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I had the pleasure of doing a workshop recently for a staff of career services professionals at Iowa State. The staff was conducting a beginning-of-the-year retreat and wanted to address the issue of working in a multigenerational workforce. The staff of about 10 people ranged from early Baby Boomers to late Millennials.
To have that range in an office this small provides a very unique opportunity to study multiple generational interactions as they happen, while also helping to prepare students for those same realities as they enter the workforce.
The staff discussed an idea that has been addressed in comments on this blog before, the idea that the study of generational issues is not an exact science. In reality, descriptions of varying generations are broad generalizations. One should be careful not to believe that all people who are born between year "x" and year "y" behave in a particular manner, because there is more to be taken away from someone’s personality or behavior profile then his or her age. However, age is important as those common experiences that happen during a particular time period do shape our perspectives, which in turn influences our personality or behavior.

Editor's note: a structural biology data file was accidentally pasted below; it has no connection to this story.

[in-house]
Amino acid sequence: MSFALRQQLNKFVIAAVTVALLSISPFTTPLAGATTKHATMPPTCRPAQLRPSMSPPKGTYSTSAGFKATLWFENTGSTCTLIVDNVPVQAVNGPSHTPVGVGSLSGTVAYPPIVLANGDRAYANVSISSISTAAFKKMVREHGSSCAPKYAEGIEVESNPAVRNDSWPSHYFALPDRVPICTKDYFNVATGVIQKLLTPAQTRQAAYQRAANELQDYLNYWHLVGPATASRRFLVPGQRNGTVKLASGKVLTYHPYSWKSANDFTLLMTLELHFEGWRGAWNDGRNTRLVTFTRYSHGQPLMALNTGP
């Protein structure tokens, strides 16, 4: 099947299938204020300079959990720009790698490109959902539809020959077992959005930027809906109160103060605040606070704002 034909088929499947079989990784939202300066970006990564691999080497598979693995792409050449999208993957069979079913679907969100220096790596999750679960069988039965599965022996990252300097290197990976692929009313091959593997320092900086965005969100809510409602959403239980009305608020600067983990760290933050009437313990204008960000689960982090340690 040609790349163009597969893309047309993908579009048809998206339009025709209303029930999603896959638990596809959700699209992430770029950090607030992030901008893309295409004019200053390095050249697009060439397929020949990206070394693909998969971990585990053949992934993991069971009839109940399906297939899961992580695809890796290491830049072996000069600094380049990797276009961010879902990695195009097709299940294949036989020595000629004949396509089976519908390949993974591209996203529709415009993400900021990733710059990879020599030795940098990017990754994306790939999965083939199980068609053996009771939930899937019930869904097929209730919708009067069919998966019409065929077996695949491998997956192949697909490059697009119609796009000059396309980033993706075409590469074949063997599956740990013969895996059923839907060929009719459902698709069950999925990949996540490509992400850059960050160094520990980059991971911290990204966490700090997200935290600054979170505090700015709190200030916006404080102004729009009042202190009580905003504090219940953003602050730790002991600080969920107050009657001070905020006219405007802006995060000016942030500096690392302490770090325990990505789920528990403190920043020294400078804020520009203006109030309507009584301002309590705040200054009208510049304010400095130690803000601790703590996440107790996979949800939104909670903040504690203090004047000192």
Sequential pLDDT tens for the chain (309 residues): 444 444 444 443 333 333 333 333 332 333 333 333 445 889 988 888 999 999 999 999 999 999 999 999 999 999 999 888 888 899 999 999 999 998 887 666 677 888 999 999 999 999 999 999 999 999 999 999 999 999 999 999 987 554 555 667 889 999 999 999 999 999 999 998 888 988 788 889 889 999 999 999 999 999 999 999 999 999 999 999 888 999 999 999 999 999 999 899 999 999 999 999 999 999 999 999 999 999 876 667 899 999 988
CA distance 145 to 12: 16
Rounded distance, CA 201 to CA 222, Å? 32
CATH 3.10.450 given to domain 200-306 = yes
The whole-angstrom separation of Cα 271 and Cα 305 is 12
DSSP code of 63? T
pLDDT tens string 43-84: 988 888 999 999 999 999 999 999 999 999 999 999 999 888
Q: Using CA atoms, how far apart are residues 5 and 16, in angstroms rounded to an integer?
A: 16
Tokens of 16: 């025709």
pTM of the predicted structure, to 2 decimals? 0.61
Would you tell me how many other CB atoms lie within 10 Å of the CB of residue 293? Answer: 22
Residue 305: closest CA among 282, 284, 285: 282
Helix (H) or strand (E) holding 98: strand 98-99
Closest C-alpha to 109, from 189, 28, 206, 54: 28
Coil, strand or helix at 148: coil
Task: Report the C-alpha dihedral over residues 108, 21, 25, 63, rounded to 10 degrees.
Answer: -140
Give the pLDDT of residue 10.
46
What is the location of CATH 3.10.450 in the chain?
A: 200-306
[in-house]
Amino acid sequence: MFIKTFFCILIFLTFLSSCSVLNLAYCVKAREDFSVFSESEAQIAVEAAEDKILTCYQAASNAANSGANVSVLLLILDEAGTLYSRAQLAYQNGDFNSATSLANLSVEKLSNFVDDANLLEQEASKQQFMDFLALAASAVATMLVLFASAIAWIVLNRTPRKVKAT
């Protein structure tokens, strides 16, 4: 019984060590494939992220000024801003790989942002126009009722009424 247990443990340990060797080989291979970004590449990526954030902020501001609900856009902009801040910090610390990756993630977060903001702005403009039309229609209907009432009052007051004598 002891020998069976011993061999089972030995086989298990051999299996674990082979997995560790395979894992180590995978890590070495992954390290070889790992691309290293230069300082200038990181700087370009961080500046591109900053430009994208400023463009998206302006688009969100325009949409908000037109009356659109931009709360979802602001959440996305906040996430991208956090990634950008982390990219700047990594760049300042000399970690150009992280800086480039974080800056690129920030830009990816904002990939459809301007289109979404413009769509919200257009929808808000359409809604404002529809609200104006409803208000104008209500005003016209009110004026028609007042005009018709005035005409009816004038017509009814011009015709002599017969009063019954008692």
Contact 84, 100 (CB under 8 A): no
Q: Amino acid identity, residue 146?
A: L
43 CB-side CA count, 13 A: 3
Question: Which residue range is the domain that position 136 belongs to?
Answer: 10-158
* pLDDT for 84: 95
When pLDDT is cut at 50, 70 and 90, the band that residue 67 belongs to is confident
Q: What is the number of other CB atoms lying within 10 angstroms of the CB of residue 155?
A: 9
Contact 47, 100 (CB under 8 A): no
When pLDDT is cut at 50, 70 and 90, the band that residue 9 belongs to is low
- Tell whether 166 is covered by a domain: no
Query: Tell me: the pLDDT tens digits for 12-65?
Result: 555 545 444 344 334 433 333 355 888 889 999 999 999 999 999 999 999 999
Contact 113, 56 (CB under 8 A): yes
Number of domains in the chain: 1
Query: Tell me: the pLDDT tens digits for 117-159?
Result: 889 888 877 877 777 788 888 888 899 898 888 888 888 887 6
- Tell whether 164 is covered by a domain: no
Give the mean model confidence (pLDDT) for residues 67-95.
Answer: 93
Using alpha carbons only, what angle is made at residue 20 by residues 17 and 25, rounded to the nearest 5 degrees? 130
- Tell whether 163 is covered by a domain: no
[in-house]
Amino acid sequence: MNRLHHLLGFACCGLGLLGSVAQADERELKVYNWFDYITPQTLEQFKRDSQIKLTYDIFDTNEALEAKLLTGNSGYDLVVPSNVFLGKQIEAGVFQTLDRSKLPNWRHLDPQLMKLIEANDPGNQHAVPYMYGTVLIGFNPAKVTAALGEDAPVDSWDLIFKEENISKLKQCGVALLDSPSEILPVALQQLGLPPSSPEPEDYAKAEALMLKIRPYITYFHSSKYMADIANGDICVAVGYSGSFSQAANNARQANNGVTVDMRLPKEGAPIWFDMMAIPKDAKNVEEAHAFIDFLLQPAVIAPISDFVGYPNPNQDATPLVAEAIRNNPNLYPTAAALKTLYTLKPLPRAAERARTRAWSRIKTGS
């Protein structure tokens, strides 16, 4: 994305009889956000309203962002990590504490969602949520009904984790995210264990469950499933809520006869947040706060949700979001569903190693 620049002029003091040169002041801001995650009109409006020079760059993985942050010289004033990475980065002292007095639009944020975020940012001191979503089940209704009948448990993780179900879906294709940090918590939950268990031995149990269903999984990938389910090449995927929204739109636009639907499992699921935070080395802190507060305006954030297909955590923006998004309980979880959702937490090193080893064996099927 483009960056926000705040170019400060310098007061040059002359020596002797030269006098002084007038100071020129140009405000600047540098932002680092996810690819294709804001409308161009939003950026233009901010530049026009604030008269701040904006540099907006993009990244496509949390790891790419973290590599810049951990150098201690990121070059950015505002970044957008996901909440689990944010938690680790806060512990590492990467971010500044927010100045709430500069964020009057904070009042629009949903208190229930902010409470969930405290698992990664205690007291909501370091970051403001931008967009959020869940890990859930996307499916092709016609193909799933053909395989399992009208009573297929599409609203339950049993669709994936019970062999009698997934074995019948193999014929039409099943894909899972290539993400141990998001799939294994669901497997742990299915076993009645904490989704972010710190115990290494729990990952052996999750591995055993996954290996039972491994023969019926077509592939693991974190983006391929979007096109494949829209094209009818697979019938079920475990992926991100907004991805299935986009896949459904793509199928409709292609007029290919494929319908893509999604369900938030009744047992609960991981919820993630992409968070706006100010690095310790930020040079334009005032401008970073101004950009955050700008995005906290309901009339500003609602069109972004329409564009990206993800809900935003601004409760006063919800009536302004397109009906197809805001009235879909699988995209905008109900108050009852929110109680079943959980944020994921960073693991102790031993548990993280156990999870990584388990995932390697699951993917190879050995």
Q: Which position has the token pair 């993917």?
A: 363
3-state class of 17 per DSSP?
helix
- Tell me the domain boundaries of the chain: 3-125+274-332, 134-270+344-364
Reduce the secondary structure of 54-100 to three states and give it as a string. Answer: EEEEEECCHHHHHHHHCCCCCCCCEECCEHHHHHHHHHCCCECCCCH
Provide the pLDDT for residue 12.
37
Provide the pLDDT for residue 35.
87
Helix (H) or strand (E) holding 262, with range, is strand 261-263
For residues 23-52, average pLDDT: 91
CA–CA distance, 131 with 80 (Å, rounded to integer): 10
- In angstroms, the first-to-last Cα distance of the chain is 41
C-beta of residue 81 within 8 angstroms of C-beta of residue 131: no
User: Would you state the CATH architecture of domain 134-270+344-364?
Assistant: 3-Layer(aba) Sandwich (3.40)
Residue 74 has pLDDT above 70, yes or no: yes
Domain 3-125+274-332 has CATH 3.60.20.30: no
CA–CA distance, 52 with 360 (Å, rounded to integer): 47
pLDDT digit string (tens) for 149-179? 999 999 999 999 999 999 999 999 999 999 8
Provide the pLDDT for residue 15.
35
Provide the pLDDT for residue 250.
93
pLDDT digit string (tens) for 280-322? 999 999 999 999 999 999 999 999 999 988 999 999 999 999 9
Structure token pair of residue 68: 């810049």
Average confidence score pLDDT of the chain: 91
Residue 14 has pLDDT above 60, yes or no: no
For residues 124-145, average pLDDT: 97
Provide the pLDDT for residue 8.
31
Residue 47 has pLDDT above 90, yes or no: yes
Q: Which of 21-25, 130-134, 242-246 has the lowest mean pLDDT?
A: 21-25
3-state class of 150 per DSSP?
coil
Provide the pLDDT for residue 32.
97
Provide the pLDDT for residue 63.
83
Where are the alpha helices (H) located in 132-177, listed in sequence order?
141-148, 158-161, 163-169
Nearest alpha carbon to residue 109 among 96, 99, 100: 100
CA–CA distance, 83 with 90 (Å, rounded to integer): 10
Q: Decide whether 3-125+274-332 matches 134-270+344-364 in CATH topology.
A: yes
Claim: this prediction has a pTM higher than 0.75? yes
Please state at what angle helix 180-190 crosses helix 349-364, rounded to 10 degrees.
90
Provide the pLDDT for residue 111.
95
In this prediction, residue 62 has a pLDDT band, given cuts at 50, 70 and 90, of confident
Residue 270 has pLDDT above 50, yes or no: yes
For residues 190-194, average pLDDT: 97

This sentiment regarding experiences was evident in the room as the group was divided into pairs to discuss what irritated them about those they knew in other age groups. Each pair talked about the lack of appreciation for some type of perspective or experience that they personally held dear. It was clear that the group did not want to label themselves.
What was interesting to note was the response from the Millennials toward the belief that they behave like an entitled group. The 20-year-olds in the room said that they always been taught to play nice we each other, that can achieve whatever they want and that technology will make your life easier. As I thought about their responses two questions dawned on me: When did this become a bad idea? Are Millennials the first generation in ages to actually listen to their parents? The massive number of Millennials would have me think that Gen Xers feel overshadowed and Boomers feel rivaled by this assertive generation that has yet to fully experience life…and seem to be okay with it!
As the staff affectionately discussed these issues, they came to the conclusion that for older generations an opportunity exists to teach younger generations…if the older generation is also willing to learn from them. The conclusion for younger generations challenged their demographic to set themselves apart individually by listening to the advise of their older colleagues or settle into the negative stereotype that they have of them.